I want to start this section by saying, with all things in life, it gets better with practice. I feel the need to preface what follows, because what I create in this video is, without a doubt, the Ugliest Buttonhole Ever. I am very glad that I was practicing on scrap fabric. On the plus side, once you see the results, there can be no question that this truly was the first buttonhole I’ve ever made entirely by hand. So let’s start.
After you have marked out your buttonholes, the first thing you do is baste all the way around your intended buttonhole. The basting stitches act as a stabilizer throughout the width and length of the buttonhole, ensuring that all layers stay in place while stitching.
Now, in the Woman’s Institute Library of Dressmaking, her basting stitches are in a neat diagonal, presumably to better disappear in the actual buttonhole stitching. This being my first attempt, mine are hideously vertical in comparison.
Once you have the basting stitches down, you want to stitch stay stitches between the basting stitches and your cut line. The stay stitches will help prevent actual fraying while you are laying down the actual buttonhole stitches.
As you can see, the stay stitching is neatly laid down, end to end, including a loopy bit near the edge of the piece. That is where the button shank will rest once you are done. The next step is to carefully cut open the buttonhole, being sure NOT to cut through any of the stitches so far sewn. Now, I have heard you can wait to cut until AFTER you have finished the buttonhole, but since I am following the directions as laid out by Mary Brooks Picken, I am cutting before buttonholing.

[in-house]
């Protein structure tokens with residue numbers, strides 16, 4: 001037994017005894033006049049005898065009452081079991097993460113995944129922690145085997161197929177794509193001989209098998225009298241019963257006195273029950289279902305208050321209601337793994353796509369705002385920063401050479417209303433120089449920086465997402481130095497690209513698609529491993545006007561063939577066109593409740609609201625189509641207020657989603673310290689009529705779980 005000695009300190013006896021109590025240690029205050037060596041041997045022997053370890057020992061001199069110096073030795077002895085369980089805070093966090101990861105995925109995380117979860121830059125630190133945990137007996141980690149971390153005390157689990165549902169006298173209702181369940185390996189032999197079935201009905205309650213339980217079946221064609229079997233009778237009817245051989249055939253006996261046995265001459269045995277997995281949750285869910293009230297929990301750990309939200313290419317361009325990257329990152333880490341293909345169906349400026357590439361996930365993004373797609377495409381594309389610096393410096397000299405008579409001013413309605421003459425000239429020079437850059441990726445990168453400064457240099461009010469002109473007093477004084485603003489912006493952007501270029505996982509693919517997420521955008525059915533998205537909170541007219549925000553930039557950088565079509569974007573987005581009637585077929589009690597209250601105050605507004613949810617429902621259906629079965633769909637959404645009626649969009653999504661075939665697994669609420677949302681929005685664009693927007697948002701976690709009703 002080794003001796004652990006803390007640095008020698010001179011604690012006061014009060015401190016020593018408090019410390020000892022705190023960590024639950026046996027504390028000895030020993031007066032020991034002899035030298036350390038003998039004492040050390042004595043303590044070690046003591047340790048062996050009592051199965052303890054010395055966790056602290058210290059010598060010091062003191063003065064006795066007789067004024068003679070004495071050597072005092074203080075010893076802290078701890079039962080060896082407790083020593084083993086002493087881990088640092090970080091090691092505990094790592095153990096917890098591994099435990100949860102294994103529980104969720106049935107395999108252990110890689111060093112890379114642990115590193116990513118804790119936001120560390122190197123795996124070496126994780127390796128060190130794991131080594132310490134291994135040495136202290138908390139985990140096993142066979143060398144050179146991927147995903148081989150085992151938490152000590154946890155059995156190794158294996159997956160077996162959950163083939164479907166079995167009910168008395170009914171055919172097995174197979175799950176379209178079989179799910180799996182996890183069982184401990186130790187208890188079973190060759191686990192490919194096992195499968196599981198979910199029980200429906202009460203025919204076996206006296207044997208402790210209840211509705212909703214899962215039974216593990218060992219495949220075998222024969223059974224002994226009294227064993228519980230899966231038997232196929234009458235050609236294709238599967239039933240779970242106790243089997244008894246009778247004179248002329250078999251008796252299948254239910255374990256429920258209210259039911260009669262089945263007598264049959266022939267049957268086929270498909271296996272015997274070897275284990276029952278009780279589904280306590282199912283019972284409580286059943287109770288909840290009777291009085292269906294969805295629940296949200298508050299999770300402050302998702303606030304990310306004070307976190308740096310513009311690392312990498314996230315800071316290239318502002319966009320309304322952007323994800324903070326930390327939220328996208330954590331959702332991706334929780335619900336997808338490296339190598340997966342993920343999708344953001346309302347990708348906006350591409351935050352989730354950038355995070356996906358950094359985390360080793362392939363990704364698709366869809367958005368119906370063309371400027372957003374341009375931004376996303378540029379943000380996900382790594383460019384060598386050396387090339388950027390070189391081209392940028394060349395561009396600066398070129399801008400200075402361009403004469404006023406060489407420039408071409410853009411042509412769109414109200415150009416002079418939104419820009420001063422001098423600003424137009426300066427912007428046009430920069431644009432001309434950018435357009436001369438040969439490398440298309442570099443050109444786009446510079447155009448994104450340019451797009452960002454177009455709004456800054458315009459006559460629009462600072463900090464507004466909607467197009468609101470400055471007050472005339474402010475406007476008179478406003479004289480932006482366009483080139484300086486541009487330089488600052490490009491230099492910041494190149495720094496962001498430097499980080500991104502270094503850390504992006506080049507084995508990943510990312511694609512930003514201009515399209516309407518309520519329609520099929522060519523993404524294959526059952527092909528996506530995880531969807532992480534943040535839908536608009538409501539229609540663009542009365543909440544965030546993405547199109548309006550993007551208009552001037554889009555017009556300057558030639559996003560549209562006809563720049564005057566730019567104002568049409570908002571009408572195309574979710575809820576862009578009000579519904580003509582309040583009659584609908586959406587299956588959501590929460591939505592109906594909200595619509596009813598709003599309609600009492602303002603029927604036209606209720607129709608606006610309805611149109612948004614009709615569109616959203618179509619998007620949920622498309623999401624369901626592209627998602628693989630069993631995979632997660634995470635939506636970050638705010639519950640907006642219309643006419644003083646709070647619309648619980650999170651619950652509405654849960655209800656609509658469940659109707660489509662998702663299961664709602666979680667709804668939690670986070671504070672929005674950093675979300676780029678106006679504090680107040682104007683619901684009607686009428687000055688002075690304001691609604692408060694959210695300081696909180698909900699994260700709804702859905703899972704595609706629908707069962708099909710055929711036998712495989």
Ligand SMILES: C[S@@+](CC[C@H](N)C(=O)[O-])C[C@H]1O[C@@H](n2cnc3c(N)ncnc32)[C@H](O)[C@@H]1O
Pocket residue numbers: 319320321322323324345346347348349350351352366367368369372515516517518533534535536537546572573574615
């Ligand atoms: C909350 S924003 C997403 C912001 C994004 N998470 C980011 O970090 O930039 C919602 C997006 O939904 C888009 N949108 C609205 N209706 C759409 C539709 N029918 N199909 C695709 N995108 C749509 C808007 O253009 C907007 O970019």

Once you have cut open the buttonhole, proceed with the buttonhole stitching. I found it was easiest to work from the cut side out.
So from the cut edge, push your needle up through all layers where the basting stitches end, in this example approximately (very roughly) 1/8” in from cut edge of buttonhole.
Now, this is hard to see, and I try to demonstrate it better in the attached video, but you want to loop the thread over the needle, almost like you’re knotting the thread, then pull the thread snug against the cut edge.
Essentially, the “knot” will snug against the cut edge, giving a very firm nest against which to rest the button on the finished product. And at the end of it all, I have the ugliest buttonhole ever.
But, ugly as it is, you can see where the looped threads rest against the cut edge of the buttonhole, giving stability to the finished product. And now, for the video.